Time to change: What job seekers can learn from 3 famous failures.

It’s easy to forget that the world’s most successful people have had their fair share of failures, big and small. During your job search, it’s more than likely that you’ll face similar obstacles; from CV rejections, interview slip-ups or being pipped to the post by another candidate. Though it may feel deflating, failure can provide a great springboard to bounce off and learn from in the future. If you feel like giving up on your job search, take a look at some familiar faces and their success stories, that all started with failure.


1- Richard Branson.

Referred to as the ‘rebel billionaire’, Branson is known worldwide for his bold business ventures as well as his adrenaline-fueled hobbies. After dropping out of school aged 16, his first company, Virgin Mail Order, was one of the entrepreneurs biggest businesses mistakes, leading him to be imprisoned for illegal record sells.

Aside from the obvious lesson that crime doesn’t pay, Branson was able to use this negative experience and turn it into something positive. Here, is where his business perspective changed; shifting from small, day-to-day successes, to bigger, longer-term solutions.

Adjusting your mindset will only put you in a better position during your job search. In the same way that it could’ve been easier for Branson to give up, it’s important to accept any failure that comes your way, thank the hiring manager for their time and take any feedback possible. Remember, there are no successful shortcuts in the recruitment process, but life’s too short to think small.

2- JK Rowling.

In her own words, JK Rowling provides a fantastic example of finding success from a bad living situation, ‘I had failed on an epic scale. An exceptionally short-lived marriage had imploded, and I was jobless, a lone parent, and as poor as it is possible to be in modern Britain, without being homeless. The fears that my parents had had for me, and that I had had for myself, had both come to pass, and by every usual standard, I was the biggest failure I knew’. Aside from this, Rowling was a creative and she dedicated herself to the Harry Potter series, which even after being rejected by numerous publishers finally paid off.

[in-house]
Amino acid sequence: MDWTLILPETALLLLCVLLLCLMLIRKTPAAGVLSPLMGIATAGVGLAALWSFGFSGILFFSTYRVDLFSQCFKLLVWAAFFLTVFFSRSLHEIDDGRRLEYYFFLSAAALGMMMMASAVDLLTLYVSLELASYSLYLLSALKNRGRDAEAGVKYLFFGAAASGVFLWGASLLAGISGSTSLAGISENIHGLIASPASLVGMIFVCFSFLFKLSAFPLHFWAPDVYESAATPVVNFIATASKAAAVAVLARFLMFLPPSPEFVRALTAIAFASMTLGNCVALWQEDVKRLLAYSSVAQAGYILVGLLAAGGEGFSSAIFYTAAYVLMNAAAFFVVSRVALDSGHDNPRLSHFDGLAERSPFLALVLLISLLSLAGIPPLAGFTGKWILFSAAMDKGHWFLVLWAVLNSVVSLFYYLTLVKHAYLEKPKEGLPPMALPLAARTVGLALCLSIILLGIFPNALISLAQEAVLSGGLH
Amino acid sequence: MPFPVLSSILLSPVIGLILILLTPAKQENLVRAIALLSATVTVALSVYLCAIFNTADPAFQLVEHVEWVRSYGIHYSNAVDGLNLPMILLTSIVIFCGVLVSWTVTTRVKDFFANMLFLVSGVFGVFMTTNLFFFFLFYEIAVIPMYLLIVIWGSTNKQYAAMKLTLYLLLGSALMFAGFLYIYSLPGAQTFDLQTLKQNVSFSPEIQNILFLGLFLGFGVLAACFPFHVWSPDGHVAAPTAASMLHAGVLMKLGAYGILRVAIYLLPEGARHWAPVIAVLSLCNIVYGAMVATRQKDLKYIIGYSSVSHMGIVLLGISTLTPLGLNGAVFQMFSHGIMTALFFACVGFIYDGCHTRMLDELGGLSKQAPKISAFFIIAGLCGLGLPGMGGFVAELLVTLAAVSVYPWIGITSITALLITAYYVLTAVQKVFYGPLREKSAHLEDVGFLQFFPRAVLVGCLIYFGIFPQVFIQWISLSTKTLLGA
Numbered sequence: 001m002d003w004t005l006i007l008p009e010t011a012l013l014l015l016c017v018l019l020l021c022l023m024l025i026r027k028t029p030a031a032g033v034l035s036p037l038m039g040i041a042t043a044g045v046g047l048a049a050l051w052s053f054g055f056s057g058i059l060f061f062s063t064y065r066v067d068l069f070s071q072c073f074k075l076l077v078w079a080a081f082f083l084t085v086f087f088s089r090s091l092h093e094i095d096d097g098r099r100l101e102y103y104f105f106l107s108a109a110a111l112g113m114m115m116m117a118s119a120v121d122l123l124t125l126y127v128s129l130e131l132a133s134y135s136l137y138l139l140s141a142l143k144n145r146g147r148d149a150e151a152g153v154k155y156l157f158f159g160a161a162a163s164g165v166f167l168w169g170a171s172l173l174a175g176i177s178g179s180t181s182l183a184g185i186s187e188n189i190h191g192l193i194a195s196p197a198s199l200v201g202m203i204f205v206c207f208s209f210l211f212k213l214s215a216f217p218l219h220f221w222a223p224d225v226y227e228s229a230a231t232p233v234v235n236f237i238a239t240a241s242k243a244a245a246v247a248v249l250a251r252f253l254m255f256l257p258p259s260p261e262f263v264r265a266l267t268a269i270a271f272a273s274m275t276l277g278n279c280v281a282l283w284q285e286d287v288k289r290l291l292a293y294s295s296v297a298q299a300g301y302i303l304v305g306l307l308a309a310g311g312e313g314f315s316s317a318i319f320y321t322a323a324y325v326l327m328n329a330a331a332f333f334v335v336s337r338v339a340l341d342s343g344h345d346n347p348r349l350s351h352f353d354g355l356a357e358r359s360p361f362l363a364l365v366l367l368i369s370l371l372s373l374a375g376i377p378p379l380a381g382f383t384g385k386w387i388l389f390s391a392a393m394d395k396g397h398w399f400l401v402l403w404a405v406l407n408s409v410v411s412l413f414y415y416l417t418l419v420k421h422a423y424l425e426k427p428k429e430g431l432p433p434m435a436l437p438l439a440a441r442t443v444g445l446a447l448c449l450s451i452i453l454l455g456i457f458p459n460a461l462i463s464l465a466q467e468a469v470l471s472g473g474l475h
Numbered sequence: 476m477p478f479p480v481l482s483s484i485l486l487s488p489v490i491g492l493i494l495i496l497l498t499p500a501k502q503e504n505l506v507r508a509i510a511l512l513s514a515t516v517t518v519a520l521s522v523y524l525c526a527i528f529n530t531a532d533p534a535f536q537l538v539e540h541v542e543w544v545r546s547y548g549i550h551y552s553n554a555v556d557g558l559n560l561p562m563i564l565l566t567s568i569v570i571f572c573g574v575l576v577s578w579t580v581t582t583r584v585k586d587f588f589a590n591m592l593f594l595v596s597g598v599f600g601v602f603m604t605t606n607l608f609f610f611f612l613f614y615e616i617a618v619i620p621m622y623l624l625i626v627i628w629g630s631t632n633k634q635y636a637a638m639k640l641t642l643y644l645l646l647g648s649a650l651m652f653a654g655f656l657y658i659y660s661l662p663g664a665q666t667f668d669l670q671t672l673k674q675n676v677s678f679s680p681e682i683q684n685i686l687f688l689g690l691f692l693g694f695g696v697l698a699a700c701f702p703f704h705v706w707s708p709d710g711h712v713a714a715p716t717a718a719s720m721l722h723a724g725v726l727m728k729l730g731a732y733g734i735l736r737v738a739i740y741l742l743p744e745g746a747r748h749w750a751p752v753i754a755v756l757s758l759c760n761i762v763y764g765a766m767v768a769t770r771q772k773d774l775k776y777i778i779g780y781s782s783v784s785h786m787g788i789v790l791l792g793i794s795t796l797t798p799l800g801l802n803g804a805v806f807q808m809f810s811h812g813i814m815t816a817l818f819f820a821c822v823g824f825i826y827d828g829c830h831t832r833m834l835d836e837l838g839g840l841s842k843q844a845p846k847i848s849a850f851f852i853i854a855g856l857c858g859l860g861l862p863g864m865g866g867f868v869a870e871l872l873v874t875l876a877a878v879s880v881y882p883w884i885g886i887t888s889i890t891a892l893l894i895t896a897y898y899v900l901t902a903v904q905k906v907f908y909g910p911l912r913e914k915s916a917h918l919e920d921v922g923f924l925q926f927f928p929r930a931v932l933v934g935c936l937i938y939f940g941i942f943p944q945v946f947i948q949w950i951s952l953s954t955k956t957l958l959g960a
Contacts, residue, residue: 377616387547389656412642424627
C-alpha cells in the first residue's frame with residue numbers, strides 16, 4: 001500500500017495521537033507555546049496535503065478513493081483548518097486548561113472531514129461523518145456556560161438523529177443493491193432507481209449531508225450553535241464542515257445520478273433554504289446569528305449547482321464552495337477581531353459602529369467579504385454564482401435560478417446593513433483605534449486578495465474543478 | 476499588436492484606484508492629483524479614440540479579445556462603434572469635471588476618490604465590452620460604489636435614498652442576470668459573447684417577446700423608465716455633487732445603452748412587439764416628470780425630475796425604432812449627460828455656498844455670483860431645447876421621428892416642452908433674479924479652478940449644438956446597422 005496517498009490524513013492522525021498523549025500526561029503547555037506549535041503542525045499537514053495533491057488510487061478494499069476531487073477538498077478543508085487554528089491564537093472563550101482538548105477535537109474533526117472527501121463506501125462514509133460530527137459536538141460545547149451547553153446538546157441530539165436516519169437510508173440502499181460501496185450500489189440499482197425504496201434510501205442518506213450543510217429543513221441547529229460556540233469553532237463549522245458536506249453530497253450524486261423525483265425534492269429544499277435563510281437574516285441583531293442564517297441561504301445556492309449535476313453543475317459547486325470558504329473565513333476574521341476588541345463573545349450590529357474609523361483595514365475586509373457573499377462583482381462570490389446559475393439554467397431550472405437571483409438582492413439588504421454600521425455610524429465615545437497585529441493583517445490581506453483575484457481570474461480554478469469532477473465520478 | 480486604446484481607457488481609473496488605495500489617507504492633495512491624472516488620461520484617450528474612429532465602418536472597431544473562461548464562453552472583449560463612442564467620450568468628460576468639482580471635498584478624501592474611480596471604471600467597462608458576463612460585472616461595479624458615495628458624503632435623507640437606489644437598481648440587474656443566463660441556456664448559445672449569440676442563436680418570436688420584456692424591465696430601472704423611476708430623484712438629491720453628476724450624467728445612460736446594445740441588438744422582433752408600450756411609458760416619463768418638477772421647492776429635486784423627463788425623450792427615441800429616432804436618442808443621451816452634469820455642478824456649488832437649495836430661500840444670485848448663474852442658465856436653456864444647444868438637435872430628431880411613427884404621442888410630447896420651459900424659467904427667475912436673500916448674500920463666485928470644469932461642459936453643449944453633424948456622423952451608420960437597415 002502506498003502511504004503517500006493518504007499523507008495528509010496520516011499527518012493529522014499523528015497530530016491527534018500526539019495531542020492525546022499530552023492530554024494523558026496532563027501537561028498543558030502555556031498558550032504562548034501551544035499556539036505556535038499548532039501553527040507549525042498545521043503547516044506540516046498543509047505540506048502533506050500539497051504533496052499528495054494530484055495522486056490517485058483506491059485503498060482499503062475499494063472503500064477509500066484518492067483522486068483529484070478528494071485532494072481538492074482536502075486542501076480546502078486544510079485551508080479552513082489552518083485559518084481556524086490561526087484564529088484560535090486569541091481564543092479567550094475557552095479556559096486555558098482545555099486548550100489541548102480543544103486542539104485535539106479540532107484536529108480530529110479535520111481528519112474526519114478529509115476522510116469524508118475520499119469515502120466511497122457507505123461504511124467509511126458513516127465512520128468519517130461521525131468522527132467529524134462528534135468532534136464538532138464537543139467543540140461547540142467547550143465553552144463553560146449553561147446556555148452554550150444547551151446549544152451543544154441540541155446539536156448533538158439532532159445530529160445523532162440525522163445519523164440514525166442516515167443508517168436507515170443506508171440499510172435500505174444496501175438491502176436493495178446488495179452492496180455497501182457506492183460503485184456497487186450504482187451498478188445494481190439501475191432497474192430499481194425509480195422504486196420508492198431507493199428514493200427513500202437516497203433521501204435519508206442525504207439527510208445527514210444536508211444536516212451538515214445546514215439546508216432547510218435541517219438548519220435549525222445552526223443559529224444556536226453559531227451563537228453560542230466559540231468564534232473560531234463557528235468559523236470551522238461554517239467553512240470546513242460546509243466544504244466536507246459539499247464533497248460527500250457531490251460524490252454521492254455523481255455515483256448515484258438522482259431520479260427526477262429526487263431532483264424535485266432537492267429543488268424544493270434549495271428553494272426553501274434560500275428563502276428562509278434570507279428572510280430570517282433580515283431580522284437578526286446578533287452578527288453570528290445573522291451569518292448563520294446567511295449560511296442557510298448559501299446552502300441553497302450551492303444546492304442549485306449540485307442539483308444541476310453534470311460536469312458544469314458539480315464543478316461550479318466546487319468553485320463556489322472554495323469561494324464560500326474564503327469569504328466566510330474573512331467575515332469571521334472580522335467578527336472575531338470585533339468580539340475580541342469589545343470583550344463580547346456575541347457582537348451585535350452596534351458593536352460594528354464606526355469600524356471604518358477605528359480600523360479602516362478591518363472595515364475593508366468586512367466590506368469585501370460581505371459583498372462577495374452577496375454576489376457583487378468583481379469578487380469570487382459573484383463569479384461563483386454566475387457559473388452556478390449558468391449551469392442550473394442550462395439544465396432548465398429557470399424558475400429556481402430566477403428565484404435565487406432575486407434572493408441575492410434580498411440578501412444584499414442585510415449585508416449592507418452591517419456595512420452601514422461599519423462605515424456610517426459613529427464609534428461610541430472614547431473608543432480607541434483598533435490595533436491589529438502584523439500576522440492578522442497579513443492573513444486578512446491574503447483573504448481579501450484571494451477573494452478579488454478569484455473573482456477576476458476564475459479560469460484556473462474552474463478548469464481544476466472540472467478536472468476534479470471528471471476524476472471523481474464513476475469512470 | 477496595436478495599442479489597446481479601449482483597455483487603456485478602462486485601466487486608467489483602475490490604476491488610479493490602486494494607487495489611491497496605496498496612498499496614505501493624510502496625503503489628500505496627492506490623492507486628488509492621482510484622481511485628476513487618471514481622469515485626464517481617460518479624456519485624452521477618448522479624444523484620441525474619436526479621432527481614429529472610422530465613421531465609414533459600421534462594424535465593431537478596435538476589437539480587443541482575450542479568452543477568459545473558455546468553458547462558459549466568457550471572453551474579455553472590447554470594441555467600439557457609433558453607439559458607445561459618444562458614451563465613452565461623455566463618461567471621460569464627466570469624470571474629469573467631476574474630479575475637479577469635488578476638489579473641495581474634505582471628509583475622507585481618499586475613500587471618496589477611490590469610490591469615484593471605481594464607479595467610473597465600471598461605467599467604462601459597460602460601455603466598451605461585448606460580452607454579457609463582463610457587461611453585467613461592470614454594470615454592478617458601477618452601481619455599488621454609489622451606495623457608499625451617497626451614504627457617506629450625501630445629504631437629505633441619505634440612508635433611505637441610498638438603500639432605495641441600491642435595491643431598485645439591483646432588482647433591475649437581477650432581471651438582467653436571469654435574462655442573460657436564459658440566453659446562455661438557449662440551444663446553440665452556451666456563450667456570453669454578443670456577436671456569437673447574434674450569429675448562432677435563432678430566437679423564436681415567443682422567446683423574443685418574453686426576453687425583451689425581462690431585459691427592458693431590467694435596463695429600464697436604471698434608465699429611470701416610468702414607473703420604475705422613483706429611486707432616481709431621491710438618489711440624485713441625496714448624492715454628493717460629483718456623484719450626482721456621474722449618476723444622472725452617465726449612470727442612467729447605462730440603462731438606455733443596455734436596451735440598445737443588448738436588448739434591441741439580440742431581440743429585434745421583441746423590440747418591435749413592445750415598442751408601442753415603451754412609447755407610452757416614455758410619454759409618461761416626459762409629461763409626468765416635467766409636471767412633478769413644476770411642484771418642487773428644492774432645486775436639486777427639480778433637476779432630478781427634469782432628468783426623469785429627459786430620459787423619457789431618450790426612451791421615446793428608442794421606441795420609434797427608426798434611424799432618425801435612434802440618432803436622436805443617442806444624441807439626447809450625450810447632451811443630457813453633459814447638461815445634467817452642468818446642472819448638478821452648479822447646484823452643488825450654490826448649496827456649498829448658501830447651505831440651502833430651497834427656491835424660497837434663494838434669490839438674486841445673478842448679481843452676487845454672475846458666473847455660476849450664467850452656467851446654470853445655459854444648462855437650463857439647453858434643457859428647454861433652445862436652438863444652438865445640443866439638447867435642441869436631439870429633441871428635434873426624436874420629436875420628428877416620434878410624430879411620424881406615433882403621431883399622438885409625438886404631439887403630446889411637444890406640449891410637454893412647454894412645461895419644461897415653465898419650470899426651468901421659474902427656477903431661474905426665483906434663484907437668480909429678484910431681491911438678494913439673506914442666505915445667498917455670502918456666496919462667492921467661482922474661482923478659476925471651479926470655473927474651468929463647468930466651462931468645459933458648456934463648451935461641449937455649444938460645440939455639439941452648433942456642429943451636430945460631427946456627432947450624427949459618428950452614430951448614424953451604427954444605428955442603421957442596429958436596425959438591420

Separating your personal and professional life can be difficult at times, but is a crucial component to career success. However, letting your future employer get to know you doesn’t have to be a negative experience. If you’re creative, don’t hide it. Even if it’s not directly linked to the applied position, hobbies and out-of-work activities can provide a real insight into your cultural fit within their company.

3- Steve Jobs.

Today when we think of Apple, our minds jump straight to Steve Jobs as the innovative and influential voice behind the brand. It’s hard to believe that years ago Jobs was fired from Apple Inc, the company he founded with Ronald Wayne and Steve Wozniak. Speaking about how he approached the situation, Jobs said ‘I didn’t see it then, but it turned out that getting fired from Apple was the best thing that could have ever happened to me. The heaviness of being successful was replaced by the lightness of being a beginner again, less sure about everything. It freed me to enter one of the most creative periods of my life’.

Although you may not see why you didn’t land the job of your dreams, embracing failure gives you the chance to explore other options. Whether this is through gaining more experience, changing career direction or sticking out your current role, failure gives you the opportunity to begin something different.

Austin Fraser is an award winning, specialist IT and Engineering recruiter who specialise in sourcing specialists. It's our mission to break the perception of 'stereotypical recruiters' and demonstrate that recruitment, when done well, is an excellent and consultative process. 

View the original article here: http://blog.austinfraser.com/post/128851500263/time-to-change-what-...

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Views: 390

Comment by Daniel Fogel on September 14, 2015 at 10:18am

Thanks for posting.  Good message as well.  Reminds me of the Japanese proverb, "Fall down 7 times, stand up 8."  I believe that often times there is more to learn from our failures than our successes.   It's the basic concept of our Best of/Worst of Podcast series if you haven't given it a listen yet.

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